There's a foundation with a website dedicated to the Random Acts of Kindness thing - worth a look if you can't think what to do but would like to get involved.  I like to think that we do a lot of these things anyway and as I searched through some of them I couldn't help but think that a bunch of daffs for a stranger is probably one of the nicest things.  But I also like the idea of micro-affirmations - I don't know if that's a thing, I feel like I've just made it up, but as someone who tries to smile at absolutely everyone (I'm blind as a bat so figure it's possible I know you anyway), I get a lot of smiles in return.  I have been on a personal quest for over a year now to make every cab driver I encounter laugh - some have proven incredibly tough nuts to crack but I think I'm on 100% (son says it was a derisory snort but I heard a laugh!).  I like to think I do kind things, but then sometimes I feel like an out an out bitch, so swings and roundabouts, swings and roundabouts.

Personally, I think that a lot of the stuff we do at Chiswick Gift Co. is perfect for random acts of kindness... and judging by the words that I write in our gift cards on a daily basis, you're already enacting this kindness lark to perfection - the messages are very rarely 'Happy Birthday/Valentine's/Christmas', they're usually a 'you can do this', 'reminded me of you', 'thinking of you,' 'just because.' Sometimes they make me smile and sometimes they make me cry but I feel incredibly privileged to play my small part.
There's an offer we're doing in the lead up to the 12th to help you spread the love.  Check out our socials or sign up to our newsletter (go to the bottom of our home page and pop your email address into the box) for more information.  But even if you don't put any money into your random act of kindness, I hope you'll at least let that person out in the traffic or give a passing bride a big thumbs up 👍

I'd love to hear any stories, however micro, what random act of kindness sticks with you?

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Love your blog, your products and your approach to life! I have a sticker on my dashboard which says ‘practise random acts of kindness’ and it helps me to try to be nice on the roads and during my day’s out – like you, I sometimes struggle! If we tune into micro-acts, there are so many happening around us, all the time, every day. Keep on chugging with your wonderful work. ✨️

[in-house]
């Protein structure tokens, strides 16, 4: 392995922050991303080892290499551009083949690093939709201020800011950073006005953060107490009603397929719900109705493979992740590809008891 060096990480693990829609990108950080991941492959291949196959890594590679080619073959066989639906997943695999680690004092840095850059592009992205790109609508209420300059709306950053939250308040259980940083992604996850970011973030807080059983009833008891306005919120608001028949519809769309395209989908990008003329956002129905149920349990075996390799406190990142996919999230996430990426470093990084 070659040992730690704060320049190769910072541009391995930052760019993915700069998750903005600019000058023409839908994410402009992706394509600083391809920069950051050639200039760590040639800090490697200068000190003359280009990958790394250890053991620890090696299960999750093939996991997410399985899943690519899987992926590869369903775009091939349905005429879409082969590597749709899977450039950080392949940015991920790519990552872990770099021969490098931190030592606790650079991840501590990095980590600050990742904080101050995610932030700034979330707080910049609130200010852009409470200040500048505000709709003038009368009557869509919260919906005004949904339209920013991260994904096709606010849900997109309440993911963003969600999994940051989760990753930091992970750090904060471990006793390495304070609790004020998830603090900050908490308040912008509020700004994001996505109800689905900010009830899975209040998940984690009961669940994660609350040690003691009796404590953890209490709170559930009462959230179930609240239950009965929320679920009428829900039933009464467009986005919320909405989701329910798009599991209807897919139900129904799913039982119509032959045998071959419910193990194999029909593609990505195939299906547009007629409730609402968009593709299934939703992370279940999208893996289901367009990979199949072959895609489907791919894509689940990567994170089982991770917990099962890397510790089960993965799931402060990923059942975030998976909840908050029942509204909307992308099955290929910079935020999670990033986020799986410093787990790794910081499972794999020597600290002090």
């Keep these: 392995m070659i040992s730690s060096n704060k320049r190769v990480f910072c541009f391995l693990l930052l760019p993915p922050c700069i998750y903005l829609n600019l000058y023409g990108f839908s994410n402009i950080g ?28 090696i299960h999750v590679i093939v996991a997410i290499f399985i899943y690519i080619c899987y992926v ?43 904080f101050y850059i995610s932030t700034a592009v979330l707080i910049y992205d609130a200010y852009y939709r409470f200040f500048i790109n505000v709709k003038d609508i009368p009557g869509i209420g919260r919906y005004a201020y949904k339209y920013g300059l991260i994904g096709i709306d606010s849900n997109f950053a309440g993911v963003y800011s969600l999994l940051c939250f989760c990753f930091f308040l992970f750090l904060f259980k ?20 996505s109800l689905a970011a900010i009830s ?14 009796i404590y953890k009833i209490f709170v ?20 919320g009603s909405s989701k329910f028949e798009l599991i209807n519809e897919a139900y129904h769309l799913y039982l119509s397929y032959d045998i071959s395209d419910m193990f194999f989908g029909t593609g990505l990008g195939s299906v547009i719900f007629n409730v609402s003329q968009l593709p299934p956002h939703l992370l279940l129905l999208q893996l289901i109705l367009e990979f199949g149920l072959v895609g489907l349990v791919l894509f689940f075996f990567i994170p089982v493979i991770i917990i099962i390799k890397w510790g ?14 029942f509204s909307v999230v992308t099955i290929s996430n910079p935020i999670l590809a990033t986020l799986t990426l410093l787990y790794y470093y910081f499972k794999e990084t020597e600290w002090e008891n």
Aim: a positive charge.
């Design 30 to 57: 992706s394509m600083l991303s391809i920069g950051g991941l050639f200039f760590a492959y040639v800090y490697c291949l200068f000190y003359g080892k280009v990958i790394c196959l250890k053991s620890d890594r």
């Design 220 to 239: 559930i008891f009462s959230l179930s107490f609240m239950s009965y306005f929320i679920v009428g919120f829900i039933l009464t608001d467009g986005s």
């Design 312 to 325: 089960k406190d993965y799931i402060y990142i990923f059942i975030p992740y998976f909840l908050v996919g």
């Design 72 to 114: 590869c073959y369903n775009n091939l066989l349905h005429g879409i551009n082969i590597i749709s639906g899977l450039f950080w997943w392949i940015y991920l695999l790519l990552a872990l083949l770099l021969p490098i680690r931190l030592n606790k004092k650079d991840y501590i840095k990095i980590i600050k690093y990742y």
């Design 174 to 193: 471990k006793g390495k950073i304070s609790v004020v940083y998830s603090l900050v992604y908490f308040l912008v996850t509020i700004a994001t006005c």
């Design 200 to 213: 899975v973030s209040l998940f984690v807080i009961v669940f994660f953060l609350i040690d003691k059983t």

Great Blog! While walking my friends dogs, I often tell people how fab they look/hair/clothes etc. So much more open when I have a dog with me xxx

Mo Read

the random act of kindness that really landed recently was that very lovely note and keyring that you put in my order, Sarah. I did have a little cry, felt ”seen, heard and understood” and just a little bit less alone in the horrific maze of panic disorder. Keep being you and spreading your light, it lands in unexpected places and its impact ripples out…. you also make banging products that make me laugh out loud so a massive THANK YOU!!❤️


I love an act of kindness and often I do random acts of crochet kindness (there’s a couple of FB groups if anyone is interested) where people like me crochet little things like flowers, butterflies, hearts, worry worms and the like and leave them lying in random places for people to find. Usually accompanied with a little note along the lines of ’I’m not lost, just alone, if I made you smile, take me home.’ These often find the people that need them and knowing that really gives you a lovely feeling. I love to make a pile and take them with me when I take my granddaughter (8) out. It’s a lovely activity to do together!


I’ve always believed that the residents of my home town aren’t particularly nice people, and I think this has confirmed that because in my local day to day life I can’t think of anything! I have to actually recall visits to London where I have been both the giver and recipients of random acts of kindness. A few visits back I was on a tube and getting off at the same stop was a woman with two small kids, a pushchair and a tiny little bike. She clearly had her hands full so asked her if she needed a hand as she resignedly eyed the escalators, before informing her that the station was actually a step free one and directed her towards the lifts. Her face lit up when she learned there were lifts. The times I’ve been the recipient have always been through independent businesses (London based, and of which you are one!) going above and beyond with their customer care, giving me extra freebies and generally being lovely and making me feel valued as a customer 😊❤️